Prayer is an expression of who we are…We are a living incompleteness. We are a gap, an emptiness that calls for fulfilment. Thomas Merton
The last mistake I made in 2013 was to read “A Praying Life” by Paul E. Miller. I was eager to complete my reading goals for the year, it looked like an easy 270 page read, the first page read well and the reviews were compelling. So I nestled in my hammock and drank it in. All went well until the 29th Chapter when Miller told of a summer when praying through his goals for the following year He felt God say: I don’t want you to have any goals this year. I’m going to work on your character.
Interesting, I thought. No goals. Imagine that!
But I did not want to imagine. Ever since that summer of 2009 I have not wanted to enter a new year unprepared. It would seem irresponsible to do so. Every year I make time for goal setting. I cover all the bases: diet, exercise, education, spirituality, and socialising. For the first few weeks of January I go about setting up a habit, hoping that by the time I return to school things will fall into place.
I started the year well with an early night on New Year’s Eve and another ocean swim at 7am on New Year’s Day. It was glorious being in the water after conquering the fear. Over coffee afterwards however my vision blurred and the ache I’ve had in my neck since an accident at work seemed to tighten. By the end of the day it felt like my brain was pulsating in the back of my head. Later that week an MRI showed further complications, things that can be fixed, nothing terminal but for January I cannot swim. So much for that goal, I thought to myself suddenly remembering Miller’s words. What if God doesn’t want me to set goals either, I thought. What if he wants to work on my character as well?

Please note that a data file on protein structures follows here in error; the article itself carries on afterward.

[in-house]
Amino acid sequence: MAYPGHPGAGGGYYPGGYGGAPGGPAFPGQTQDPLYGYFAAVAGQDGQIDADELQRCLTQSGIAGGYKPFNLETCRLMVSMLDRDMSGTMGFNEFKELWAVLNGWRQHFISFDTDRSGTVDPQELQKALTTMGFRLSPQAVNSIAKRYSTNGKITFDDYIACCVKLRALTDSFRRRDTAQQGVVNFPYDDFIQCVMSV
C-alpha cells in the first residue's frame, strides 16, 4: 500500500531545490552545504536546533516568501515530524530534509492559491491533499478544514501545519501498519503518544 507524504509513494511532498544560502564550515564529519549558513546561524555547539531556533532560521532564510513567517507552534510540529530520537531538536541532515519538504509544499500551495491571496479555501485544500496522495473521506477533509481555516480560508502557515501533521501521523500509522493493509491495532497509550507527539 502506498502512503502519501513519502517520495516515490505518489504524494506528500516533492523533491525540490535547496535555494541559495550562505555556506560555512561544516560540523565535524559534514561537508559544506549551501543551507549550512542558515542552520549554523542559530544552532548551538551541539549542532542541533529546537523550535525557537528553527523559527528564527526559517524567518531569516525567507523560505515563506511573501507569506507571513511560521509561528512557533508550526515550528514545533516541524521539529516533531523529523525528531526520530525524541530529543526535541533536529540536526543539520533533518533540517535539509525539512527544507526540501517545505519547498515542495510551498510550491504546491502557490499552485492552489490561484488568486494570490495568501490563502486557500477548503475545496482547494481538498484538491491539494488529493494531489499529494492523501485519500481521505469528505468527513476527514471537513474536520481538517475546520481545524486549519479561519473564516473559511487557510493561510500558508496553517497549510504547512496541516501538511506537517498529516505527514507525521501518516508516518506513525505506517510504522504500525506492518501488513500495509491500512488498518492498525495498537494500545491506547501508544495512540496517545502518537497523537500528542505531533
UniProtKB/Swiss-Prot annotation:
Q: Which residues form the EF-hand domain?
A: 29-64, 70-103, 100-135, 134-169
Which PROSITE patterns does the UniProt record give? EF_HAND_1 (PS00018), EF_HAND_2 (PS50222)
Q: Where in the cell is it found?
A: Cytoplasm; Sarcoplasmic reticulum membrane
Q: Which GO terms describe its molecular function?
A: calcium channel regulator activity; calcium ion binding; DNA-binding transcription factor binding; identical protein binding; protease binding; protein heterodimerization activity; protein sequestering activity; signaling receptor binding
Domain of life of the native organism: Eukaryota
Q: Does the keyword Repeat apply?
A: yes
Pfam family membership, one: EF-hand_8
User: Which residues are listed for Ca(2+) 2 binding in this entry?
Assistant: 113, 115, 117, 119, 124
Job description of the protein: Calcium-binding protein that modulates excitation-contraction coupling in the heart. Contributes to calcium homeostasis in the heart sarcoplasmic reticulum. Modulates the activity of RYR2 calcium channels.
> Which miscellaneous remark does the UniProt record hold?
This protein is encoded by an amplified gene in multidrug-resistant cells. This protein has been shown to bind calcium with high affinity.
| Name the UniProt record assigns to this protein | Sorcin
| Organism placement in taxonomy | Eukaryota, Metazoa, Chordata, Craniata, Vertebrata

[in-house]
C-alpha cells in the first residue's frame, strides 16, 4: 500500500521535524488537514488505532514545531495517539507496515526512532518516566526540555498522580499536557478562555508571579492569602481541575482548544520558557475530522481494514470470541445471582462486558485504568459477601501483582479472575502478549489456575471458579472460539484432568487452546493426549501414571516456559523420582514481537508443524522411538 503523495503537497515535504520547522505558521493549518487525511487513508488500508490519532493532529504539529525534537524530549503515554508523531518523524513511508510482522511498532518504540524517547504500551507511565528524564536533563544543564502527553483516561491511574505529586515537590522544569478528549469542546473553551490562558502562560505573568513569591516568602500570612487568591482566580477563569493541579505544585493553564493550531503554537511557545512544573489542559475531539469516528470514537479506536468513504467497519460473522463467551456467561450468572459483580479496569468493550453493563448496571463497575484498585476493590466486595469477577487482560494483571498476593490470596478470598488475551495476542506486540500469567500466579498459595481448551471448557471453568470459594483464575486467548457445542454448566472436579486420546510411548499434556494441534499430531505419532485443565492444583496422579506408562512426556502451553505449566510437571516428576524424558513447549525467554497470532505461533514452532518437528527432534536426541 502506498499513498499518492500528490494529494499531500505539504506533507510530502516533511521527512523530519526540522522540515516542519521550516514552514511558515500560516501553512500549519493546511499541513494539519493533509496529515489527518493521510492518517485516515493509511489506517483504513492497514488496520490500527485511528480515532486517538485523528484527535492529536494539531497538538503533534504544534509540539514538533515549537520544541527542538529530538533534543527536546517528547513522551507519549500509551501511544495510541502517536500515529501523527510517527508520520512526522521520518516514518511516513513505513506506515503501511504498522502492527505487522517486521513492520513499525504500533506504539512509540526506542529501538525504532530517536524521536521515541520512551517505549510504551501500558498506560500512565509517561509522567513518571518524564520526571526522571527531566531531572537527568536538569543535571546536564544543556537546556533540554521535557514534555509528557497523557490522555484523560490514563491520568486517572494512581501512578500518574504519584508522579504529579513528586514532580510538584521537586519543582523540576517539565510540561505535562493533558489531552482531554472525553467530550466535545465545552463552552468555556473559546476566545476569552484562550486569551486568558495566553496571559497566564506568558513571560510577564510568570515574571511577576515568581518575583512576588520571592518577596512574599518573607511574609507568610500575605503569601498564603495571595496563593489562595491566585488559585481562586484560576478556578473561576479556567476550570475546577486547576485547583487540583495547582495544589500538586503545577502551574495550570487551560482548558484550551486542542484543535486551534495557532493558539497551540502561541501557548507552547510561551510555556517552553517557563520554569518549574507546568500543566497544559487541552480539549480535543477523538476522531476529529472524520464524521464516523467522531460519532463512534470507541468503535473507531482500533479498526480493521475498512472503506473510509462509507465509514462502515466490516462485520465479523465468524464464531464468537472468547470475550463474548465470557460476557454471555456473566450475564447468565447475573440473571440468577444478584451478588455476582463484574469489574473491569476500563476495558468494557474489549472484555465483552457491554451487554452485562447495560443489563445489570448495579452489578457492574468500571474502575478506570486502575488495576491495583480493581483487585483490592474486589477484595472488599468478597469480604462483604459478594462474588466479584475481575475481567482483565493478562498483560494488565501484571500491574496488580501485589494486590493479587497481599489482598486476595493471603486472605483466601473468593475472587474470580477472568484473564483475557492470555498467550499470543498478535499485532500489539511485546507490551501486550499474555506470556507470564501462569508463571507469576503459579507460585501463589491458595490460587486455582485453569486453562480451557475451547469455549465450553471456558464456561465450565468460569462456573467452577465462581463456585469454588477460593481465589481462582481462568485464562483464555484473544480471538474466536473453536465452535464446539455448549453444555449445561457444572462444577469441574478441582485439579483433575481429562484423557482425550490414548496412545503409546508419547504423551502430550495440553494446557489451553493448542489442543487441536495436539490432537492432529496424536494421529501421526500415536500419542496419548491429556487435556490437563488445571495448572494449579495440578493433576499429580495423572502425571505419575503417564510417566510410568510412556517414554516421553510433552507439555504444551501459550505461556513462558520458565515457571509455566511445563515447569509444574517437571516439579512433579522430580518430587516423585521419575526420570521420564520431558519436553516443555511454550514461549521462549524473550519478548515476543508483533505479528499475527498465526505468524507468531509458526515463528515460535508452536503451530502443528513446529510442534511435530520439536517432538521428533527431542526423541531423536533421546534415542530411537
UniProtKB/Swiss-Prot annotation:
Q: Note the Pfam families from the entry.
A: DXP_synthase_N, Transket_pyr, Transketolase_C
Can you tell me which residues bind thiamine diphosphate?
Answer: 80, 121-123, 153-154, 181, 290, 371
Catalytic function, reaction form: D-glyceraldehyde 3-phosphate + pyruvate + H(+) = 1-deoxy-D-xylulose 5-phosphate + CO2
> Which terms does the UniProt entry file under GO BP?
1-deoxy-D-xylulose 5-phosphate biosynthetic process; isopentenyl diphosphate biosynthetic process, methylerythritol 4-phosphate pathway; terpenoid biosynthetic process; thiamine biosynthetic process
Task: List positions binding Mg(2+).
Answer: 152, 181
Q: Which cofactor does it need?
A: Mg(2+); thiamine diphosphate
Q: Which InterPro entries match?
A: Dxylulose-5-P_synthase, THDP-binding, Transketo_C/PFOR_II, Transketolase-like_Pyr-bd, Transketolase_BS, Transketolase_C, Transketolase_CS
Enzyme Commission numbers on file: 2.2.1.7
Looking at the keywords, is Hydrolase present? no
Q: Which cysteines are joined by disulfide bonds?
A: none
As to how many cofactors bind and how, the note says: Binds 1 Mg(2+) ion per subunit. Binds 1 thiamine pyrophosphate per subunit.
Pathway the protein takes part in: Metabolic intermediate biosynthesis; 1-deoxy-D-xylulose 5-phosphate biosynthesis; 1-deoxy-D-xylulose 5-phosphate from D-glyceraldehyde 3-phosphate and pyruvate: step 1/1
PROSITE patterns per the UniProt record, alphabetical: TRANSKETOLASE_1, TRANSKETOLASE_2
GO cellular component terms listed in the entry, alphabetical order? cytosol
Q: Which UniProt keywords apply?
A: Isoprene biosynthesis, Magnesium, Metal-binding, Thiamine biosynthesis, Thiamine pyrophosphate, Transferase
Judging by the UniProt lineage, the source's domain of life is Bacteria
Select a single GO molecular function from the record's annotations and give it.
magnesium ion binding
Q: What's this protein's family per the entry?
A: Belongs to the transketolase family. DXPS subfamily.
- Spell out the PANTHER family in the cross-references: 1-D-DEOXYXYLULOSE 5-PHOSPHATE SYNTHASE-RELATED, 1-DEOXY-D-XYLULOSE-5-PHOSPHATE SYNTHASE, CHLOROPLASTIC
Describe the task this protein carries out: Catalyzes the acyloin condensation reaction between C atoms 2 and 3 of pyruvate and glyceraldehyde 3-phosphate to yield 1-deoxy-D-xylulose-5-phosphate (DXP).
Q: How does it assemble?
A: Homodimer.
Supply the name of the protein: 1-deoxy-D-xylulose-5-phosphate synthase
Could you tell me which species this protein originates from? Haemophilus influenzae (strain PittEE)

When Emma arrived for our weekly catch up she posed the question she usually asks.
“So what’s God been saying to you mum?”
I explained my predicament with Miller, the goals and letting go. She leans in with understanding.
“I think maybe God is talking to you about the idol of achievement,” she responds.
Harsh though it sounds, the proposition is plausible and I nod in acquiescence.
”It’s tricky being me,” I confide. “I have so many incredible, high achieving friends.”
“You have nothing to prove,” she smiles, sounding just like they do.
Her words ring true. When she leaves to head home I find myself in Miller again. I had planned to spend the afternoon finishing novel number one of my 50 books in 2014 challenge but as I cleaned up our dishes from lunch the conversation rolls in my head and I abandon an afternoon with Ian McEwan to return to my book about prayer.
When you stop trying to control your life and instead allow your anxieties and problems to bring you to God in prayer, you shift from worry to watching. You watch God weave his patterns in the story of your life. Instead of trying to be out front, designing your life, you realize you are inside God’s drama. As you wait, you begin to see him work, and your life begins to sparkle with wonder. You are learning to trust again. Paul E. Miller
Though in my mind I hadn’t thought I had stopped trusting any more than I had stopped praying one thing feels certain, this year I give him permission to shape my character and while I keep moving forward I surrender my goals to Him.